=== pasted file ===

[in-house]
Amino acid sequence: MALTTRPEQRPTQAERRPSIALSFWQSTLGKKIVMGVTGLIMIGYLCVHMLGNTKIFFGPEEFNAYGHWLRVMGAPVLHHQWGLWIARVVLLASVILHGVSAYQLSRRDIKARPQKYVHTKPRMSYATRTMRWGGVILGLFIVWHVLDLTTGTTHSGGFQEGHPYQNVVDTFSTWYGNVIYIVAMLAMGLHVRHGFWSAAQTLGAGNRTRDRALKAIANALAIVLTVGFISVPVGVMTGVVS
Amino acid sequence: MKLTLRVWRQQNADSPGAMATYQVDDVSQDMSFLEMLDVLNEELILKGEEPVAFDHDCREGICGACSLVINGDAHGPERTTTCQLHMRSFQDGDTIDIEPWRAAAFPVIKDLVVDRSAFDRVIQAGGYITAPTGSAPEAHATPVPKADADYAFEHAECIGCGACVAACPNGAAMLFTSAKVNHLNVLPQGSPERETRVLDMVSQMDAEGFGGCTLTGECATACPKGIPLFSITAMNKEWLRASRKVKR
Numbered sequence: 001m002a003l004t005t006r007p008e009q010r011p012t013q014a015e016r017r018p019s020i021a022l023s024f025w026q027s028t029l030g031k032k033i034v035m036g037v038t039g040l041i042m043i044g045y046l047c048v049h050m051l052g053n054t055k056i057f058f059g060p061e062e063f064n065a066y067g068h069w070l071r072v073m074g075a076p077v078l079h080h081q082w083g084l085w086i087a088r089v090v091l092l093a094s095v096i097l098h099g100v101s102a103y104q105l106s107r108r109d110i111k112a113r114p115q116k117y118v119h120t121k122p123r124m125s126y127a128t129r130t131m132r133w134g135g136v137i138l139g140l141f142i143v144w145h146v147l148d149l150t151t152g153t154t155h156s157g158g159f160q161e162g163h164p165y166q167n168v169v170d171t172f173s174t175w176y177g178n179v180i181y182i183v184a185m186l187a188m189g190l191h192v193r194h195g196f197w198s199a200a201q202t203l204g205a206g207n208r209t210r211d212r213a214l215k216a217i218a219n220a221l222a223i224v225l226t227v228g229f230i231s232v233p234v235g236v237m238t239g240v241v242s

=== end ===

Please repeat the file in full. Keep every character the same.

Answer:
[in-house]
Amino acid sequence: MALTTRPEQRPTQAERRPSIALSFWQSTLGKKIVMGVTGLIMIGYLCVHMLGNTKIFFGPEEFNAYGHWLRVMGAPVLHHQWGLWIARVVLLASVILHGVSAYQLSRRDIKARPQKYVHTKPRMSYATRTMRWGGVILGLFIVWHVLDLTTGTTHSGGFQEGHPYQNVVDTFSTWYGNVIYIVAMLAMGLHVRHGFWSAAQTLGAGNRTRDRALKAIANALAIVLTVGFISVPVGVMTGVVS
Amino acid sequence: MKLTLRVWRQQNADSPGAMATYQVDDVSQDMSFLEMLDVLNEELILKGEEPVAFDHDCREGICGACSLVINGDAHGPERTTTCQLHMRSFQDGDTIDIEPWRAAAFPVIKDLVVDRSAFDRVIQAGGYITAPTGSAPEAHATPVPKADADYAFEHAECIGCGACVAACPNGAAMLFTSAKVNHLNVLPQGSPERETRVLDMVSQMDAEGFGGCTLTGECATACPKGIPLFSITAMNKEWLRASRKVKR
Numbered sequence: 001m002a003l004t005t006r007p008e009q010r011p012t013q014a015e016r017r018p019s020i021a022l023s024f025w026q027s028t029l030g031k032k033i034v035m036g037v038t039g040l041i042m043i044g045y046l047c048v049h050m051l052g053n054t055k056i057f058f059g060p061e062e063f064n065a066y067g068h069w070l071r072v073m074g075a076p077v078l079h080h081q082w083g084l085w086i087a088r089v090v091l092l093a094s095v096i097l098h099g100v101s102a103y104q105l106s107r108r109d110i111k112a113r114p115q116k117y118v119h120t121k122p123r124m125s126y127a128t129r130t131m132r133w134g135g136v137i138l139g140l141f142i143v144w145h146v147l148d149l150t151t152g153t154t155h156s157g158g159f160q161e162g163h164p165y166q167n168v169v170d171t172f173s174t175w176y177g178n179v180i181y182i183v184a185m186l187a188m189g190l191h192v193r194h195g196f197w198s199a200a201q202t203l204g205a206g207n208r209t210r211d212r213a214l215k216a217i218a219n220a221l222a223i224v225l226t227v228g229f230i231s232v233p234v235g236v237m238t239g240v241v242s